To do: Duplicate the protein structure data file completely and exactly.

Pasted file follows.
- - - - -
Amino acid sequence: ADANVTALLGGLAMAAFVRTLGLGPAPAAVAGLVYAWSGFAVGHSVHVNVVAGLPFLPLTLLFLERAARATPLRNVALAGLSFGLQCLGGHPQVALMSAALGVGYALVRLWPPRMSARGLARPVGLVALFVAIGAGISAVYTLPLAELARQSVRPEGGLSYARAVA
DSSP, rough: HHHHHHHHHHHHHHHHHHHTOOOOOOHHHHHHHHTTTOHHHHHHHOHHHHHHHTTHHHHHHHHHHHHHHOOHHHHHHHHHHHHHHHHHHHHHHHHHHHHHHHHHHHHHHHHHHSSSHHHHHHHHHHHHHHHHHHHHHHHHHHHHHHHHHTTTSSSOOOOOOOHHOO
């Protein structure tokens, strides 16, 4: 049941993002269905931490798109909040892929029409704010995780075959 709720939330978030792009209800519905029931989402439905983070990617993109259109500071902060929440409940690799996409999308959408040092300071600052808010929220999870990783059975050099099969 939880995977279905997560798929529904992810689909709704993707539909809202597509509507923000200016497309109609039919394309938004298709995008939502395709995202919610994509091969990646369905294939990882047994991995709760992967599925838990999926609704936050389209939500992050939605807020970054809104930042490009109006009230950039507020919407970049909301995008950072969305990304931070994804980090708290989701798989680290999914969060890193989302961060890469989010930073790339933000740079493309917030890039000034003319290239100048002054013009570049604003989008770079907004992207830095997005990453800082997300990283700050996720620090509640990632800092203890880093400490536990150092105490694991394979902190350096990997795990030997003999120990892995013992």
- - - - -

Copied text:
Amino acid sequence: ADANVTALLGGLAMAAFVRTLGLGPAPAAVAGLVYAWSGFAVGHSVHVNVVAGLPFLPLTLLFLERAARATPLRNVALAGLSFGLQCLGGHPQVALMSAALGVGYALVRLWPPRMSARGLARPVGLVALFVAIGAGISAVYTLPLAELARQSVRPEGGLSYARAVA
DSSP, rough: HHHHHHHHHHHHHHHHHHHTOOOOOOHHHHHHHHTTTOHHHHHHHOHHHHHHHTTHHHHHHHHHHHHHHOOHHHHHHHHHHHHHHHHHHHHHHHHHHHHHHHHHHHHHHHHHHSSSHHHHHHHHHHHHHHHHHHHHHHHHHHHHHHHHHTTTSSSOOOOOOOHHOO
């Protein structure tokens, strides 16, 4: 049941993002269905931490798109909040892929029409704010995780075959 709720939330978030792009209800519905029931989402439905983070990617993109259109500071902060929440409940690799996409999308959408040092300071600052808010929220999870990783059975050099099969 939880995977279905997560798929529904992810689909709704993707539909809202597509509507923000200016497309109609039919394309938004298709995008939502395709995202919610994509091969990646369905294939990882047994991995709760992967599925838990999926609704936050389209939500992050939605807020970054809104930042490009109006009230950039507020919407970049909301995008950072969305990304931070994804980090708290989701798989680290999914969060890193989302961060890469989010930073790339933000740079493309917030890039000034003319290239100048002054013009570049604003989008770079907004992207830095997005990453800082997300990283700050996720620090509640990632800092203890880093400490536990150092105490694991394979902190350096990997795990030997003999120990892995013992």